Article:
How bug-delivering drones are helping defeat deadly diseases

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Humans have been trying to conquer malaria, Zika, dengue, and other mosquito-borne diseases for centuries. But with malaria alone still claiming more than 1 million lives every year, it's clear we have a long fight ahead.

But now there's a new weapon in the war against mosquitoes, and it's not a vaccine or a new insecticide — it's aerial drones.

On the east African island of Zanzibar, drones are being used to map the small, often hidden pools of water where mosquitos breed, so they can be sprayed to kill larvae before they mature.

At Rutgers University in New Jersey, engineers are developing "skeetercopters" that can detect and map mosquito-infested sites from the air — and douse them with insecticide.

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And now WeRobotics, a technology company with offices in Wilmington, Delaware, and Geneva, Switzerland, has teamed up with the Insect Pest Control Lab of the International Atomic Energy Agency (IAEA) in Vienna, Austria, to develop autonomous drones that will release millions of sterile male mosquitoes over areas where mosquito-borne illnesses like Zika fever are endemic.

The idea is that the bugs — rendered sterile by exposure to radiation — will drive down the number of infectious mosquitoes in an area by causing the females they mate with to lay eggs that never hatch.

Known as sterile insect technique, or SIT, this technique has been used successfully against tsetse flies, screwworm flies, and insect farming pests in many parts of the world. SIT is also used in the U.S. to control medfly outbreaks and the pink bollworm that ravages cotton crops. And in recent years, SIT has been deployed for the first time against disease-carrying mosquitoes.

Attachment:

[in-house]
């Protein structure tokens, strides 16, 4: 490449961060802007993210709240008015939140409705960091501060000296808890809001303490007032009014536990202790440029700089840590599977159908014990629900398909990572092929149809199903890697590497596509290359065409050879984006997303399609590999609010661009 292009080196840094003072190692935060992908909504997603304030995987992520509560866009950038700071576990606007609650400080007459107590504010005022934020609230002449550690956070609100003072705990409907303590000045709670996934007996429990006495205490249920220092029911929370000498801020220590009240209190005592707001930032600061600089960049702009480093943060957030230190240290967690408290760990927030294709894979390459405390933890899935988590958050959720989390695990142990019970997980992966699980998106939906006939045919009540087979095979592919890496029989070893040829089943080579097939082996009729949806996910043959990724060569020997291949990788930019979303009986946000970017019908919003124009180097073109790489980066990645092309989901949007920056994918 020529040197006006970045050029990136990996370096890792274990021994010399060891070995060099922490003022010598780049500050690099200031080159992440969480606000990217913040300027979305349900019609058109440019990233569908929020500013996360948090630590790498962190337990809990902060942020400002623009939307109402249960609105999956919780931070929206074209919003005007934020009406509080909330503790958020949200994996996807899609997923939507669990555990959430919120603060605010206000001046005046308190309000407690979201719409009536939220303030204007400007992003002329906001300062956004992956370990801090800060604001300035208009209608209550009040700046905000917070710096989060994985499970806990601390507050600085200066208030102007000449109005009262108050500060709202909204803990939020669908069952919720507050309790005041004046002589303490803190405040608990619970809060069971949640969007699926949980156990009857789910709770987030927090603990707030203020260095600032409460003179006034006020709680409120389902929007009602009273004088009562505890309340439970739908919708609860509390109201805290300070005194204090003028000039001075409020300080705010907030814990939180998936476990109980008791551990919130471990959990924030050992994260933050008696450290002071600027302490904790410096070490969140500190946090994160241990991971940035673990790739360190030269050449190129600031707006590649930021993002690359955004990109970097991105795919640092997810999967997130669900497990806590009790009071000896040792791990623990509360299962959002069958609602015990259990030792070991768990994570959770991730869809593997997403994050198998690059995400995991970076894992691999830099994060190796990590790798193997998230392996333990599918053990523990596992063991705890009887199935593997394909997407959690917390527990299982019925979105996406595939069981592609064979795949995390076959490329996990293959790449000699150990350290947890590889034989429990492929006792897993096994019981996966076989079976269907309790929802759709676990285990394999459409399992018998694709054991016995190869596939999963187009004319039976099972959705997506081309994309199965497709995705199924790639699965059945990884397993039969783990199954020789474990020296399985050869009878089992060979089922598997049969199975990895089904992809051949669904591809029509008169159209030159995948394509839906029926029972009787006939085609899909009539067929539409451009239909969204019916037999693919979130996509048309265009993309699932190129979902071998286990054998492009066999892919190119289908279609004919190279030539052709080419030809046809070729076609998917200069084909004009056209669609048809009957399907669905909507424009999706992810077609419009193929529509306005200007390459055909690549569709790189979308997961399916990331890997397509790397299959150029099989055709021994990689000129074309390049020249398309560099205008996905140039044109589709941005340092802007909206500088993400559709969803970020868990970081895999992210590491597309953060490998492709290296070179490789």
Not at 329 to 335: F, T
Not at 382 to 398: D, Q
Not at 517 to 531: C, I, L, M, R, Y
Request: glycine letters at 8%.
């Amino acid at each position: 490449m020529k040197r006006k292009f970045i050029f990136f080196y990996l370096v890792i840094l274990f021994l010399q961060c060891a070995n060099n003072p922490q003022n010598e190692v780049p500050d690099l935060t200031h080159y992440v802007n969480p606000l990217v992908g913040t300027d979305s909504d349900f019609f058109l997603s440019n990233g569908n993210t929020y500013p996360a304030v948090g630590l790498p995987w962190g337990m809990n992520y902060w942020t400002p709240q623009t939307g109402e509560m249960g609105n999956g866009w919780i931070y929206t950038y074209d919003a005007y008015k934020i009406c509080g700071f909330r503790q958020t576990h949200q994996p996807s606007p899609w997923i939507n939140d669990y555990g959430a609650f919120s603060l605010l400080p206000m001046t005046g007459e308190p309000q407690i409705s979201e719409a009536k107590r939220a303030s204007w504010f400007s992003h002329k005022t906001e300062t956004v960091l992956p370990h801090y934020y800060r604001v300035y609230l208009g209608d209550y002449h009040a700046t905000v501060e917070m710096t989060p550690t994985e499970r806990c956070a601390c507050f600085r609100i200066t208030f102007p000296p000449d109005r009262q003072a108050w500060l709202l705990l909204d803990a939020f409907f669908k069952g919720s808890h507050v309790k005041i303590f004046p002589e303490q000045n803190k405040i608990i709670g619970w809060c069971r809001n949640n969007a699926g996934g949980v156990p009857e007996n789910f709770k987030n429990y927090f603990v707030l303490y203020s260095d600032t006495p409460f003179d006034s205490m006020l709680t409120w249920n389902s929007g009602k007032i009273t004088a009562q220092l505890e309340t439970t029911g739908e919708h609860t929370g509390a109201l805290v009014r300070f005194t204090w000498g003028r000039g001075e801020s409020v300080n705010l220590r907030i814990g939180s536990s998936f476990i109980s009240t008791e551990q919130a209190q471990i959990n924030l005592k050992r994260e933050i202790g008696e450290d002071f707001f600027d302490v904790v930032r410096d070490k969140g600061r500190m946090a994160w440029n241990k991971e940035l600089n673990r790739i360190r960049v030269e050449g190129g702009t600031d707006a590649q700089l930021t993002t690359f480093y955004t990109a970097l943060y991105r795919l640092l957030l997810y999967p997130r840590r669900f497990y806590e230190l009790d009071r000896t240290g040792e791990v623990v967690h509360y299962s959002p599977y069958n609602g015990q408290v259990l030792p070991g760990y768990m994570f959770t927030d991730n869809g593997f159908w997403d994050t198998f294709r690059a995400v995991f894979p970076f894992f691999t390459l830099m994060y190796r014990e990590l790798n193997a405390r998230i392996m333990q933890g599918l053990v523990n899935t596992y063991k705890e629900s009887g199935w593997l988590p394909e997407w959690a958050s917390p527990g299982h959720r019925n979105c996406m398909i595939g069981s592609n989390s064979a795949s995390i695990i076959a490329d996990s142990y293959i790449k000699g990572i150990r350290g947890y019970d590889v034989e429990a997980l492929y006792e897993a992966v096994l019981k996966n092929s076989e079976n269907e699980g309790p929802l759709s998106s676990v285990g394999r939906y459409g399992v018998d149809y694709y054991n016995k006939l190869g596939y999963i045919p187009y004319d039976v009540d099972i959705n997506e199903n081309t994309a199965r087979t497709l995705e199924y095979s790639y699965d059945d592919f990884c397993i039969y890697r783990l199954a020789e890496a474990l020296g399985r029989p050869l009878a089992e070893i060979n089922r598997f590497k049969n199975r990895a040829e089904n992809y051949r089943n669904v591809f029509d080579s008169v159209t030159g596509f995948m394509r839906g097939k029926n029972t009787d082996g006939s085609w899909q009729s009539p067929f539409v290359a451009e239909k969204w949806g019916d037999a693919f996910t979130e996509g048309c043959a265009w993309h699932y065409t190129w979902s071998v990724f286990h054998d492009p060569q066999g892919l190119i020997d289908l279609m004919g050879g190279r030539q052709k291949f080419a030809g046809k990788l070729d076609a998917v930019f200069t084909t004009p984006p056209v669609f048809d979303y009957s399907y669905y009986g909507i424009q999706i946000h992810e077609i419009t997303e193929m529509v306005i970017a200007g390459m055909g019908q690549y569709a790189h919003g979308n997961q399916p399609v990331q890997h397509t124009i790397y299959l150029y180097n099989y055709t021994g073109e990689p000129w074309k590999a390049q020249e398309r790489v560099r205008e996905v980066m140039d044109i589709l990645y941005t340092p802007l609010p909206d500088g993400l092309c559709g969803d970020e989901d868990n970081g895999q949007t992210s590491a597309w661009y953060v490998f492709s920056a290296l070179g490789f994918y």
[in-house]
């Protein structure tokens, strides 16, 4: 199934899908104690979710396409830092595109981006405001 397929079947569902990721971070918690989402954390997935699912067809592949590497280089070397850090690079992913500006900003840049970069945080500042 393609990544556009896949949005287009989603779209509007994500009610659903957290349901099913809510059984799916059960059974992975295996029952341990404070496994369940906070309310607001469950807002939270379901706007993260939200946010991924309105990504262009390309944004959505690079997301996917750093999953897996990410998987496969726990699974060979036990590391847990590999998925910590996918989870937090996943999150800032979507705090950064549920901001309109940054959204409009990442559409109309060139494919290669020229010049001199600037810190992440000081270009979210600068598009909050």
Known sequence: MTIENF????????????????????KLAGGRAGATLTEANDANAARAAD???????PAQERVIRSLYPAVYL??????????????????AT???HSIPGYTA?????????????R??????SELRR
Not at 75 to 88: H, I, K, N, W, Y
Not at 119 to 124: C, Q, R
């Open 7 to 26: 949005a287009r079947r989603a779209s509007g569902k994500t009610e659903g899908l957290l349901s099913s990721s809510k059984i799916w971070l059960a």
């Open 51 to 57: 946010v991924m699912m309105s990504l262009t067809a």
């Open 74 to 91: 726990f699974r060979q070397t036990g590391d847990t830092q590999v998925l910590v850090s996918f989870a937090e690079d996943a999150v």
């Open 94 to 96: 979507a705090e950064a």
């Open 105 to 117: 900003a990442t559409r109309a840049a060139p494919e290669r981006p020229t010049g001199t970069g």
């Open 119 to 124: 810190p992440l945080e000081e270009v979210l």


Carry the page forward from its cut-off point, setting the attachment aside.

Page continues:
Image: Mosquito Control

The sterile mosquitoes are usually released from backpacks carried by ground workers. But bad roads and poor weather can make it difficult to deliver the bugs to remote areas — and that's where air delivery by drone looks like a better option.

Patrick Meier, WeRobotics' executive director, says the idea is not to replace ground-based releases but to complement them: "It's about combining both methods, ground-based and aerial release, in order to have a maximum impact," he says.

If field trials of a WeRobotics prototype go well next year, drones could eventually be used alongside ground teams in parts of the world where the IAEA works with governments to control mosquitoes.

The prototype drone is designed to distribute about 100,000 sterile A. aegypti mosquitoes over each square kilometer of terrain. The field trials will use arrays of mosquito traps throughout the target areas to check that the sterile bugs stay healthy during and after their drone flight.

Meier says most of the development effort has gone into designing a refrigerated flight container where the mosquitoes are held before their release.

"We need to keep them in what the IAEA calls a sleep-like state, because otherwise if you put 100,000 mosquitoes in such a small box, and if you don't tranquilize them with chilled temperatures, then they will kill each other."

A rotating platform below the refrigerated container slowly drops a measured number of sleepy mosquitoes into a holding chamber, where they wake up before flying into the wild.

Image: Mosquito Control

WeRobotics has modified an off-the-shelf hexacopter for its prototype, which can deliver 100,000 sterile mosquitoes in about 25 minutes, Meier says. But the release mechanism is designed to be compatible with any type of drone, and with any mosquito species.

The first field trials of the WeRobotics prototype drone will take place early next year in an as-yet-unidentified area of South or Central America that is affected by Zika fever, Meier says.

The trials will use bugs sterilized at an IAEA lab in Vienna, but the release mechanism could also be used to distribute other disease-fighting mosquitoes by drone, such as bugs that have been genetically modified so their offspring die while still larvae, and mosquitoes infected with the bacterium Wolbachia, which blocks their ability to pass on diseases like dengue and Zika.


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